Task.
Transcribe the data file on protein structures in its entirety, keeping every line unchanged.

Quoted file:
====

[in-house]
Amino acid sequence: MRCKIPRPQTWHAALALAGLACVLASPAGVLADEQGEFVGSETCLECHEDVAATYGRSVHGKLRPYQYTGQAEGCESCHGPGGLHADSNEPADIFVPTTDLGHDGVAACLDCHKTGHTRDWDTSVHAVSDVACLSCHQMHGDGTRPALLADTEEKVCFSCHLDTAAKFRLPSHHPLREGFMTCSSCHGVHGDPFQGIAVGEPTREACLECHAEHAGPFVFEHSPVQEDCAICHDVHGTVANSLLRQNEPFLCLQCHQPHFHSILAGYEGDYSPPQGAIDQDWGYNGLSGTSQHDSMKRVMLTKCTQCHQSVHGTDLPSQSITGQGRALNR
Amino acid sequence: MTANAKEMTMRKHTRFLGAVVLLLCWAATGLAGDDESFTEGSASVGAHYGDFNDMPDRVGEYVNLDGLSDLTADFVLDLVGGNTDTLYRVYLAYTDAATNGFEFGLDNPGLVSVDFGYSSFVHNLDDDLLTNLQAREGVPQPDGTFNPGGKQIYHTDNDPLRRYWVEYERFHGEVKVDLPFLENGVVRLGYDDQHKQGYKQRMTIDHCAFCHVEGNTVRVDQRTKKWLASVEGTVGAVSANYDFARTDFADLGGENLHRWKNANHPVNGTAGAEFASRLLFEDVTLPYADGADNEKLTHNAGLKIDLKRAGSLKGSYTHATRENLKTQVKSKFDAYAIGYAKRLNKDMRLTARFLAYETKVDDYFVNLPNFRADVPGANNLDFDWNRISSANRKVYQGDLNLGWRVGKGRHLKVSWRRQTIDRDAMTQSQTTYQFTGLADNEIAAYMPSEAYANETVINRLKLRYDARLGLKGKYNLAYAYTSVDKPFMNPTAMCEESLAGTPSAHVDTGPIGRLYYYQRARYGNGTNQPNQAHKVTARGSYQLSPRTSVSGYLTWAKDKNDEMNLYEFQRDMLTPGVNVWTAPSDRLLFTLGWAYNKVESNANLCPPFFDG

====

[in-house]
Amino acid sequence: MRCKIPRPQTWHAALALAGLACVLASPAGVLADEQGEFVGSETCLECHEDVAATYGRSVHGKLRPYQYTGQAEGCESCHGPGGLHADSNEPADIFVPTTDLGHDGVAACLDCHKTGHTRDWDTSVHAVSDVACLSCHQMHGDGTRPALLADTEEKVCFSCHLDTAAKFRLPSHHPLREGFMTCSSCHGVHGDPFQGIAVGEPTREACLECHAEHAGPFVFEHSPVQEDCAICHDVHGTVANSLLRQNEPFLCLQCHQPHFHSILAGYEGDYSPPQGAIDQDWGYNGLSGTSQHDSMKRVMLTKCTQCHQSVHGTDLPSQSITGQGRALNR
Amino acid sequence: MTANAKEMTMRKHTRFLGAVVLLLCWAATGLAGDDESFTEGSASVGAHYGDFNDMPDRVGEYVNLDGLSDLTADFVLDLVGGNTDTLYRVYLAYTDAATNGFEFGLDNPGLVSVDFGYSSFVHNLDDDLLTNLQAREGVPQPDGTFNPGGKQIYHTDNDPLRRYWVEYERFHGEVKVDLPFLENGVVRLGYDDQHKQGYKQRMTIDHCAFCHVEGNTVRVDQRTKKWLASVEGTVGAVSANYDFARTDFADLGGENLHRWKNANHPVNGTAGAEFASRLLFEDVTLPYADGADNEKLTHNAGLKIDLKRAGSLKGSYTHATRENLKTQVKSKFDAYAIGYAKRLNKDMRLTARFLAYETKVDDYFVNLPNFRADVPGANNLDFDWNRISSANRKVYQGDLNLGWRVGKGRHLKVSWRRQTIDRDAMTQSQTTYQFTGLADNEIAAYMPSEAYANETVINRLKLRYDARLGLKGKYNLAYAYTSVDKPFMNPTAMCEESLAGTPSAHVDTGPIGRLYYYQRARYGNGTNQPNQAHKVTARGSYQLSPRTSVSGYLTWAKDKNDEMNLYEFQRDMLTPGVNVWTAPSDRLLFTLGWAYNKVESNANLCPPFFDG